A couple of months ago when I was going through a box of stuff from my parents house, I came across four sheets of paper. They had yellowed a little bit, and the pencil marks had faded, but they still told their story. These sheets of paper were where I kept score for the 1984 World Series. It’s great looking back and seeing the old names, and my little kid writing, but that’s not what makes them so special.
You see, in 1984 I was all of ten years old, and of course the World Series takes place in October on school nights. My parents, while fully aware of my love for the Tigers, were also quite responsible so there was no way I was going to be allowed to stay up for those games. Now that didn’t stop me from writing down the lineups and keeping score for the first few innings. I was actually one of those “who are keeping score at home.” Below is an image from Game 2 (click for a larger image).
Now if you look closely you can see that in the bottom of the 4th inning, the handwriting went from my scribbles to something more legible. My Dad picked up the scoresheet each night after I went to bed so that when I woke up first thing in the morning I could know exactly what happened. In the process, the two of us together created a document that symbolizes our love for baseball and my Dad’s love of me.
My love for baseball came from my Dad, and it was always a common ground. No matter how busy he was at work, he always made it to my baseball games where he would be coaching first base. I could also count on him giving me a hard time whenever my favorite player, Lou Whitaker, made an error. Fortunately that hardly ever happened.
One year we had Tiger tickets on my birthday, and had a flat tire on the way to the game. It was about 88 that day and my Dad was soaked by the time the tire was changed, but we still made it to the game on time and had a wonderful day. It helped that my Dad was accommodating enough to head down to the stadium early enough for batting practice, and those extra hours ensured we’d make the first pitch. That game, like each we attended meant a new pennant for my bedroom. Back in the old days, like 1986, it used to be that the vendors would sell merchandise from the visiting team as well. The result was a felt triangle to commemorate the day.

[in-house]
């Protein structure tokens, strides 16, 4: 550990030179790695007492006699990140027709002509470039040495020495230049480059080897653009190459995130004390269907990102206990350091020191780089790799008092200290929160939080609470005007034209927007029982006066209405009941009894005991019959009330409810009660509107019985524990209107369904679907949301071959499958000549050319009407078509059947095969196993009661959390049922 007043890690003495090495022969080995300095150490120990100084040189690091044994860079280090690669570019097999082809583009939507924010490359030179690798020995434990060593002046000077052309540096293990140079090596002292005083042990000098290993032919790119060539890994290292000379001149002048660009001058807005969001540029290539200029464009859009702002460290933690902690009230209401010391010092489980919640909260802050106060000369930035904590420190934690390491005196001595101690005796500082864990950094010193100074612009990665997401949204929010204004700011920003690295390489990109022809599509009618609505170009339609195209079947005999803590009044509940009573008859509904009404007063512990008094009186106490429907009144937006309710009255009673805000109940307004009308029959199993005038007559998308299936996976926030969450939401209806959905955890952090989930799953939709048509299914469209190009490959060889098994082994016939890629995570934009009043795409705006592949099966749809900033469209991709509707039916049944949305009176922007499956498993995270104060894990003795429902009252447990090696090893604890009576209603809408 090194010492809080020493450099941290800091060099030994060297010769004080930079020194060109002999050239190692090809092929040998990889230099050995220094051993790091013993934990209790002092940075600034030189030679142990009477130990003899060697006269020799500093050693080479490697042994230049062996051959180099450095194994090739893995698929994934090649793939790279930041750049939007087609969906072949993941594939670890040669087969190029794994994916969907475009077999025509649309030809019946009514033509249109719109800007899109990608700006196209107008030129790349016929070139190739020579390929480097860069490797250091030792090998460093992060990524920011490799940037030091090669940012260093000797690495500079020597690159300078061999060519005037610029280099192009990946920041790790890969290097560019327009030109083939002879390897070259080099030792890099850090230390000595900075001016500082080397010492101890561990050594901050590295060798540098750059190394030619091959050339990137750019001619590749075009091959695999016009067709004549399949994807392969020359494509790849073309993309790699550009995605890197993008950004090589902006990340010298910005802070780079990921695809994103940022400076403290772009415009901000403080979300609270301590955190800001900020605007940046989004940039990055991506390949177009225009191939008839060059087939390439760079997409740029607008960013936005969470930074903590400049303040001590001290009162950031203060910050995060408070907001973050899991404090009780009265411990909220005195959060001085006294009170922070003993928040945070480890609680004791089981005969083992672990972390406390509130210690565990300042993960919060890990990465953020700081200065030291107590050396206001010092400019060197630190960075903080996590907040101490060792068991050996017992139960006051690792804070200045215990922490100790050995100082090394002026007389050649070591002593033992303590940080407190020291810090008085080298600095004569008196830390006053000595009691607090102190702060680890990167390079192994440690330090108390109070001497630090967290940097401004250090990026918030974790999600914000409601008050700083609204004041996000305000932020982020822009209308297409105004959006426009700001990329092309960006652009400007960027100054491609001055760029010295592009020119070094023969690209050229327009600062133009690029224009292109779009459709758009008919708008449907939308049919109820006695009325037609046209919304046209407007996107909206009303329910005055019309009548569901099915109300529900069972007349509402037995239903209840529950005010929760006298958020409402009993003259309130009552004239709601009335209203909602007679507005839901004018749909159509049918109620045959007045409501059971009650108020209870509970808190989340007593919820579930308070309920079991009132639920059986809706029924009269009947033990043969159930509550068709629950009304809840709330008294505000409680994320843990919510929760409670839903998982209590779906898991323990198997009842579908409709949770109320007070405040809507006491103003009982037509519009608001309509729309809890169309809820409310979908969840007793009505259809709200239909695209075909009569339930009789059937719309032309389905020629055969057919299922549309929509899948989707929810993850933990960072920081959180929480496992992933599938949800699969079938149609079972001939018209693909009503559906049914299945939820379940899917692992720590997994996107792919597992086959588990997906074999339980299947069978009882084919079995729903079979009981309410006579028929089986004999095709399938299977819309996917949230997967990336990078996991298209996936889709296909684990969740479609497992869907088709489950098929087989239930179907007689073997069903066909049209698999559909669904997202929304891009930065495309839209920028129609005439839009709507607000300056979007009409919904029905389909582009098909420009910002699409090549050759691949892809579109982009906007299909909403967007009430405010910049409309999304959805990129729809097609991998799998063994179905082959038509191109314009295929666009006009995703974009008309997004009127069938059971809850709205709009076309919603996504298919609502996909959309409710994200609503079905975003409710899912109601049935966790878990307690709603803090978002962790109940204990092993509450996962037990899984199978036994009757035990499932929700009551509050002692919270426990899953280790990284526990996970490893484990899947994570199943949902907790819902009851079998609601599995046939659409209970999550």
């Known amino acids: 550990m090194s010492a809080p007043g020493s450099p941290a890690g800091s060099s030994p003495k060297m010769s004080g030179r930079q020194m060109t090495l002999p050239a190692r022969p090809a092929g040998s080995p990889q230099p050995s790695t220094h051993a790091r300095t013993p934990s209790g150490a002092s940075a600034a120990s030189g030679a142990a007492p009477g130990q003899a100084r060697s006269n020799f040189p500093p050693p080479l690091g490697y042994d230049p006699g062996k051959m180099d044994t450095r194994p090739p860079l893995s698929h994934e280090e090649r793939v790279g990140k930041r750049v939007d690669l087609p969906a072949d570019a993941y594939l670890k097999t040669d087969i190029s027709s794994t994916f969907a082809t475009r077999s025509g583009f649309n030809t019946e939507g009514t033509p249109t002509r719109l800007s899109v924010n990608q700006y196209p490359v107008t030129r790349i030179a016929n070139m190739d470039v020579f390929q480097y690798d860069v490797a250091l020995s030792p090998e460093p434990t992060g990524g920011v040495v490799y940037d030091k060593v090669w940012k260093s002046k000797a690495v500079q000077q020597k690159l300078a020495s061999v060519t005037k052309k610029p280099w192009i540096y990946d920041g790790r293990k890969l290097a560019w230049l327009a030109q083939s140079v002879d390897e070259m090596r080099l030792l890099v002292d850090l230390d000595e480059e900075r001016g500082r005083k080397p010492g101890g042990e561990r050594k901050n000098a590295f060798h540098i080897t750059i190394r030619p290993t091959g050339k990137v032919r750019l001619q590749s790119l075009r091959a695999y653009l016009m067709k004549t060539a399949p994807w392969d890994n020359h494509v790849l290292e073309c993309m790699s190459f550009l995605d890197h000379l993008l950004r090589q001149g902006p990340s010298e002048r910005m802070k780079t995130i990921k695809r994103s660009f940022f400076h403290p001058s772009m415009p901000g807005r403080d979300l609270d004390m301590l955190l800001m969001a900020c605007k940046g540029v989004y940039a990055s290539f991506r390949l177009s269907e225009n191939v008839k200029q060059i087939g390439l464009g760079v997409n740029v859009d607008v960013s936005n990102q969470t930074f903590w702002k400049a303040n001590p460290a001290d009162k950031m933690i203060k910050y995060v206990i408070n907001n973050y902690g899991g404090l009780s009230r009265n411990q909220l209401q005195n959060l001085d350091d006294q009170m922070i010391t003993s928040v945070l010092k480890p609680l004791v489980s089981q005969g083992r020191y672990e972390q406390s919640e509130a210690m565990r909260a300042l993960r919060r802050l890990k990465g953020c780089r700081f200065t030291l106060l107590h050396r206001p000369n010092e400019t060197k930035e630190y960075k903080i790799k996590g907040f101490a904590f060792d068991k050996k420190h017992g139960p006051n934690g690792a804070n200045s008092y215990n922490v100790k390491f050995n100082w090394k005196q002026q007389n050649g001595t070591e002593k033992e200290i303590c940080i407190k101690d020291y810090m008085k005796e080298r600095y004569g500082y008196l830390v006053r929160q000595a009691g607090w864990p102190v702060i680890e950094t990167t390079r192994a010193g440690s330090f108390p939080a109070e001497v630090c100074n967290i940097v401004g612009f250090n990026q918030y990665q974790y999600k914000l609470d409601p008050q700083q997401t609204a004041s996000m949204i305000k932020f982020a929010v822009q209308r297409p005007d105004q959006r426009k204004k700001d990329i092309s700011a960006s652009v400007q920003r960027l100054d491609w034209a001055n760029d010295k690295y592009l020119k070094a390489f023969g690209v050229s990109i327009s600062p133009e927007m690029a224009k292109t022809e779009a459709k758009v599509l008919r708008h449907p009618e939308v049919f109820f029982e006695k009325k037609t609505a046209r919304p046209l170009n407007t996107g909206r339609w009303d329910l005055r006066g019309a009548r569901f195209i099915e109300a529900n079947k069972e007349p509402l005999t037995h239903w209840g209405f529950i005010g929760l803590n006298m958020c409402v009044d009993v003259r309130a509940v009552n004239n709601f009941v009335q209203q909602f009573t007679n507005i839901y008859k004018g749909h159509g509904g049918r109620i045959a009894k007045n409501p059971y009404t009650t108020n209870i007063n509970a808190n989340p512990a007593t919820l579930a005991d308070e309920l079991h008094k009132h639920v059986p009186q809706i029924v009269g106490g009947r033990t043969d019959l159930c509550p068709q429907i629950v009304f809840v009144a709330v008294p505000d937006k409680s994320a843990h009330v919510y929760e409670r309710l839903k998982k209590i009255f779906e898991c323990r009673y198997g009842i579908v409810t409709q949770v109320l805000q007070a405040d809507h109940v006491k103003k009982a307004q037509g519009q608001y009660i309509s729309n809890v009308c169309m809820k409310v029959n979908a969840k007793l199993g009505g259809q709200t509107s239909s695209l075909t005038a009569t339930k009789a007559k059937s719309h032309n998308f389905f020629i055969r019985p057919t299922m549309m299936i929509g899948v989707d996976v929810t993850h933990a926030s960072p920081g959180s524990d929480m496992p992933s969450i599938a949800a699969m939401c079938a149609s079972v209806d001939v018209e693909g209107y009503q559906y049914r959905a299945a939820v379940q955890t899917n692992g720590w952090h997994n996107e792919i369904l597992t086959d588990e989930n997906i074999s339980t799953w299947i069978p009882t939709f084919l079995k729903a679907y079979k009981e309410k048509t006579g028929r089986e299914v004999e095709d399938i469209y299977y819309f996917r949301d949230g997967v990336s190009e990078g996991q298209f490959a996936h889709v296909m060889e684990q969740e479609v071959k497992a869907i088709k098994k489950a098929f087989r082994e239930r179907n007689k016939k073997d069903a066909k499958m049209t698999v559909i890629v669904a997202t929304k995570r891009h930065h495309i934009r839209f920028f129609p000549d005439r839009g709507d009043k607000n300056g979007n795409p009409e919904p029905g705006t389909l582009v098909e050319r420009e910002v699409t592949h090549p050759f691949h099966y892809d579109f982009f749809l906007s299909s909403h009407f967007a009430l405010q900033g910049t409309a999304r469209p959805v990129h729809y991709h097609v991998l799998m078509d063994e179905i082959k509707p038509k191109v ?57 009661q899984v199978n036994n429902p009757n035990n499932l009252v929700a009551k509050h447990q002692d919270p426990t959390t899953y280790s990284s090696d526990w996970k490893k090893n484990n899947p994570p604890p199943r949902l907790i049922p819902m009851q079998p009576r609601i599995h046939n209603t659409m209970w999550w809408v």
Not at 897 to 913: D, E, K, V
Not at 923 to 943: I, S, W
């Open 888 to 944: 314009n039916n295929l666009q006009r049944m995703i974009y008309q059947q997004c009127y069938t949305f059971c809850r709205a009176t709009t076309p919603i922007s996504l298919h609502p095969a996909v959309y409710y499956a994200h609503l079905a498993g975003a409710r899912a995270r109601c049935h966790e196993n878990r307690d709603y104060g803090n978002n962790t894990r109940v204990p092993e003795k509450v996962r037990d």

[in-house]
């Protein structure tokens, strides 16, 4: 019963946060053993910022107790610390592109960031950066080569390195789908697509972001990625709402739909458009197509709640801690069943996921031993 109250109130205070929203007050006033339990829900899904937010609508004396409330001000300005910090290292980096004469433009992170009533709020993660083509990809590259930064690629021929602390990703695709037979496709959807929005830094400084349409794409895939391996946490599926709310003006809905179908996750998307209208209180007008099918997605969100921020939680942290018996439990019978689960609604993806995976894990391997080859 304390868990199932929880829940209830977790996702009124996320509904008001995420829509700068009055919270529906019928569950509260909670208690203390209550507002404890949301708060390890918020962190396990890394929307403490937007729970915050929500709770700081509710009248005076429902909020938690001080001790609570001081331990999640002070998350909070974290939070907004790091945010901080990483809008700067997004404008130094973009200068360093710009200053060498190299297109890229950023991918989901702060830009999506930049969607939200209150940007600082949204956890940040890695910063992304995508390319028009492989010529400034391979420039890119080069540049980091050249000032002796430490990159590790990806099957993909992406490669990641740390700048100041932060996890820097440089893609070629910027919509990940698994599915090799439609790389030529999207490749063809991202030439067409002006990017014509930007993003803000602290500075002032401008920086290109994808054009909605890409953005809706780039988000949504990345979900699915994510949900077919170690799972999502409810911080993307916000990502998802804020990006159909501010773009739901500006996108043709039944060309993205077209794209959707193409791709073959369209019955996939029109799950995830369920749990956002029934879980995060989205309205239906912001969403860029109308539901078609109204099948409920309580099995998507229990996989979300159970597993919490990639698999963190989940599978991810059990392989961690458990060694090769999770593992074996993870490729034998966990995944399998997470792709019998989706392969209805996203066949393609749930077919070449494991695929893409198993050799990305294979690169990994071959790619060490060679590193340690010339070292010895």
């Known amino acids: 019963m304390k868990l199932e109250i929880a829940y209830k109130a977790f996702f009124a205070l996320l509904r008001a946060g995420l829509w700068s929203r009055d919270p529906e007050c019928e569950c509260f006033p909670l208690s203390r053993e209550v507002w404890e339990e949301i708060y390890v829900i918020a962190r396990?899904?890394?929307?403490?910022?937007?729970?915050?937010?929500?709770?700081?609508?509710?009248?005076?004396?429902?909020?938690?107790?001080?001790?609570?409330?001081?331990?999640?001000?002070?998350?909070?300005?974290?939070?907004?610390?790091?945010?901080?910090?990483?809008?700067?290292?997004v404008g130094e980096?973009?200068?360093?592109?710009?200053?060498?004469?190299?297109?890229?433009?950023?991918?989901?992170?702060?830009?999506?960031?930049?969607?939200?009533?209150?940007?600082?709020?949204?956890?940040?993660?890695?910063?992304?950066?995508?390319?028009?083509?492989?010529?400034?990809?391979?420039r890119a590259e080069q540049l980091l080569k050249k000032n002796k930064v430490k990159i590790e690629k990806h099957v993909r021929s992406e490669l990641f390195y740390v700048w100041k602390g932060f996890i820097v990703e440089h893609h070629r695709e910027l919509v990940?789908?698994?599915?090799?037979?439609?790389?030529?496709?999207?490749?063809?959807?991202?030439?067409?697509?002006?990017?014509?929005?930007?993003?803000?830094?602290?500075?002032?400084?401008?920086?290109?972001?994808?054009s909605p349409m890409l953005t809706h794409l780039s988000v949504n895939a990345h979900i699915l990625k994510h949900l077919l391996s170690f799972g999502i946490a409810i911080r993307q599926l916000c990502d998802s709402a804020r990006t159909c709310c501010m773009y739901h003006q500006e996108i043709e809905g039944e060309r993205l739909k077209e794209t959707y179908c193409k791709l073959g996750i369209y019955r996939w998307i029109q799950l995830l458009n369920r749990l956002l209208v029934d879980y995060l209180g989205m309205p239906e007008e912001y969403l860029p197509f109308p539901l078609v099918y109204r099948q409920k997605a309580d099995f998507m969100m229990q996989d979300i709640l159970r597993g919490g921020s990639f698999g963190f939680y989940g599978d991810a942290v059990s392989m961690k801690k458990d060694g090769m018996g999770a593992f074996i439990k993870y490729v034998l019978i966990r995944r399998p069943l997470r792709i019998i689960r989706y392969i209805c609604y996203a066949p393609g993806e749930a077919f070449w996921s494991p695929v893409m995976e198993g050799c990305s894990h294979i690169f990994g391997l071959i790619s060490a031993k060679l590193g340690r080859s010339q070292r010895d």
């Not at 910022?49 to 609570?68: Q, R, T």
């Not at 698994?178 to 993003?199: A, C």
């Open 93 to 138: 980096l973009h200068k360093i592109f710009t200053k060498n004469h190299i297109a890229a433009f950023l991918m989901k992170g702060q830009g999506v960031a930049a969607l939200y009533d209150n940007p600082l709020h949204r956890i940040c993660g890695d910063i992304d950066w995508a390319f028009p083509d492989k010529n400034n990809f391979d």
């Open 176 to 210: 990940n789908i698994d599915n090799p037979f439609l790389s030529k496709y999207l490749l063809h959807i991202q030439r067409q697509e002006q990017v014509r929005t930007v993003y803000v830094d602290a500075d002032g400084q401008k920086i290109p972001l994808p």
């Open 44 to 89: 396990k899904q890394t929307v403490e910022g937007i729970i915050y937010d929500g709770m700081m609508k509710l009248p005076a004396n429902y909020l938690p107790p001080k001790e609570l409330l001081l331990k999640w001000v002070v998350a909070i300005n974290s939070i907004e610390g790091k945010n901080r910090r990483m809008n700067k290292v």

My Dad taught me how to play the game – at least to the best of my limited ability. We played catch a couple times a week – including him squatting to give me a good target when I was pitching – despite arthritis that would leave him aching. He taught me about the history of the game. His baseball cards and autograph books let me see the game the way he saw it as a kid, when he’d take the bus to the stadium and wait outside the clubhouse until the players emerged hours after the game.
Now, as a father I have the pleasure of sharing my love of baseball with my son (and daughter). My four year old boy has recently started T-ball and has attended his share of Tiger games (Nook Logan is his favorite player). As for those pennants that I got as a kid, they are currently decorating his room. And my two year old daughter, she says hi to each Tiger as they come up to bat.
I know I’ve gone all sentimental, and “baseball as a metaphor for life” has been done repeatedly. I also know that if my Dad wasn’t a great provider and loving man, that this baseball stuff wouldn’t mean anything. But on this day, and in this forum, I just wanted to say thanks to my Dad who taught me, and my Grandpa who taught him. Thanks for serving as great role models of fatherhood. Thanks for introducing me to baseball. And thanks for teaching me to keep score.